“We have the technology. We have the capability to build the world’s first bionic man. Steve Austin will be that man. We can make him better than he was before”.
It’s been some 35 years since the much loved Six Million Dollar Man hit our screens, a series that enacted a day where medical science pioneered cyborg technology which not only picked up the pieces of a broken astronaut, but made him ‘better, stronger, faster’ than before.
One generation down the line, are we any closer to the fantasy? The competitive urge of athletes certainly provides plenty of willing guinea pigs. Following the elite athletes as Formula 1 cars analogy, it must be debated whether pushing the boundaries of science and technology will really benefit the wider community, or if it’s a futile waste of resources for the endeavours of a privileged few, that is not only prejudicial to the interests of fair competition and promoting sport’s values, but to the athletes’ own well-being.
Recently the World Anti Doping Agency banned injecting athletes’ own blood into muscle tissue (as of 1st January 2010), yet tendons and surrounding tissue are not included in the directive. The policy, quickly embraced by the AFL (not as yet by the NRL), is virtually impossible to enforce. This is not to say the intentions aren’t meritorious. Footballers already face decades of post career living prone to arthritis and other debilitating legacies of their profession. Any ethical practitioner will contend that any medical procedure involves risk. From a duty of care perspective, unnecessary, unproven or possibly hazardous treatments should be frowned upon, especially when there are plenty on hospital waiting lists with far more pressing concerns.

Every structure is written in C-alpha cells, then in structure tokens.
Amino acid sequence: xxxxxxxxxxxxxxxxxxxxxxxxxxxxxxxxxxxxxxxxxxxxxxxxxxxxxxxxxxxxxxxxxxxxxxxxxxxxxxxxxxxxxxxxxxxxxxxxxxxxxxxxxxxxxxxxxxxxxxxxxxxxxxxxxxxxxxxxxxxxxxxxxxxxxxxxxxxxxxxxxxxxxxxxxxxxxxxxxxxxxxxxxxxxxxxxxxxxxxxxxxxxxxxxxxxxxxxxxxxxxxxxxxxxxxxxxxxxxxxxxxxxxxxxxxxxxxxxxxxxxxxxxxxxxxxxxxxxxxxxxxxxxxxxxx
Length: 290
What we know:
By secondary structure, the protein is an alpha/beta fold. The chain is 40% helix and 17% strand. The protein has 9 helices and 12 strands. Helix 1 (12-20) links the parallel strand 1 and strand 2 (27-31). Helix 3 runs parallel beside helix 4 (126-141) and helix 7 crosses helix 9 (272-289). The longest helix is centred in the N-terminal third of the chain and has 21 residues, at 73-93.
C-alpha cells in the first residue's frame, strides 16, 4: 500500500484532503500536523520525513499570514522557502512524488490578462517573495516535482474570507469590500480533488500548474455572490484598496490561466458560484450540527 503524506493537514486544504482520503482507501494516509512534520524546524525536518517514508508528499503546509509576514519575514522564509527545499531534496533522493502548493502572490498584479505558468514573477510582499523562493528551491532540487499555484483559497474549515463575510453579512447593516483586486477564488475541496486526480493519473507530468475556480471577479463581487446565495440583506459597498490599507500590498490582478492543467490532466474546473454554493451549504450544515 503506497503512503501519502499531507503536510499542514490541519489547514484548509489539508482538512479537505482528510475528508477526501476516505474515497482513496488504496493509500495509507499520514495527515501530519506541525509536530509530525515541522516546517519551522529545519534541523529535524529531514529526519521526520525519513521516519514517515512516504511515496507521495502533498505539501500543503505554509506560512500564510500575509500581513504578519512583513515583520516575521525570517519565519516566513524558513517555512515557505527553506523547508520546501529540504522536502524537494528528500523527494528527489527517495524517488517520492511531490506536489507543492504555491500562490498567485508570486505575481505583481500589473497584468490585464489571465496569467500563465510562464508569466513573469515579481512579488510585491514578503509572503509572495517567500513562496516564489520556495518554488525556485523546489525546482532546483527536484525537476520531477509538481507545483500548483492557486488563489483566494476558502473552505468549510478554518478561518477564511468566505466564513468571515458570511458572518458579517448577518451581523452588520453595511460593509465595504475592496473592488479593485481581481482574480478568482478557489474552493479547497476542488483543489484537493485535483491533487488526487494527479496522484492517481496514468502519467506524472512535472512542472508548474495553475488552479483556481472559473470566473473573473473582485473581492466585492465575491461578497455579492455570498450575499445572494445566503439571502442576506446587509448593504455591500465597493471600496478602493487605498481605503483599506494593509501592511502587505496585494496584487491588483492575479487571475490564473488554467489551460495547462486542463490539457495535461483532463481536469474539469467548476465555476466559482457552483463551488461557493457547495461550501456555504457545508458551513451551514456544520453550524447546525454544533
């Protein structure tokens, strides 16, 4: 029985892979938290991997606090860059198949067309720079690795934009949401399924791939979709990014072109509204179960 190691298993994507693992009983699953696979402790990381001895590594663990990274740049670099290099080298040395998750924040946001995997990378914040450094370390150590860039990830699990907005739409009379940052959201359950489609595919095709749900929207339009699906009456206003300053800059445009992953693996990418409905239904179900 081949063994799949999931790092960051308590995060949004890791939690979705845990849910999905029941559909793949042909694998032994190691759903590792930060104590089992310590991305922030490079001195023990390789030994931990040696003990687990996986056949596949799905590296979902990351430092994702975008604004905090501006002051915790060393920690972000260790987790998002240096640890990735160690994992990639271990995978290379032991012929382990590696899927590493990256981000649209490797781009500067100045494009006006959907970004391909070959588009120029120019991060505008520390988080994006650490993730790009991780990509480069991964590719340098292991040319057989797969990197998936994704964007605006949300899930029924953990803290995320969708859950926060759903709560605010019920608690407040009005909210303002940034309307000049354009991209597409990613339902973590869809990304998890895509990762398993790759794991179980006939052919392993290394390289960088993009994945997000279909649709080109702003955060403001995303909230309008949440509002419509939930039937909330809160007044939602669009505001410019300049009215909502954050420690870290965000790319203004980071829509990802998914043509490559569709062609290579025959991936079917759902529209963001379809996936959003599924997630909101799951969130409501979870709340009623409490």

Misuse of human growth hormone has already had its fair whack of bad publicity. For some time WADA has opposed athletes injecting themselves with blood for improved performance (via increasing oxygen-carrying ability). Whether the growth in other controversial treatments benefits recovery and/or performance isn’t necessarily easy to decipher. As with some drugs, legitimate usage can also serve to boost results.
Amid the dilemmas facing administrators down to athletes, not to mention a medical fraternity wary of encouraging rogues and malpractice suits, the potential for remarkable outcomes beyond sport shouldn’t be dismissed. Even assessing each practice on a pragmatic, case-by-case basis, wading through the legal, ethical and medical ramifications is a tough task. Whether one considers the experts or popular opinion on these grounds, consistency and a compelling mandate for any decision will be rare.
Sport has been on an exciting yet dangerous track for a while now. Whereas once we felt that unnatural performance enhancements were clearly defined, if not judiciously regulated, for the select and desperate few there are new possibilities that although ‘natural’ in a sense, are not standard medical practice or readily available.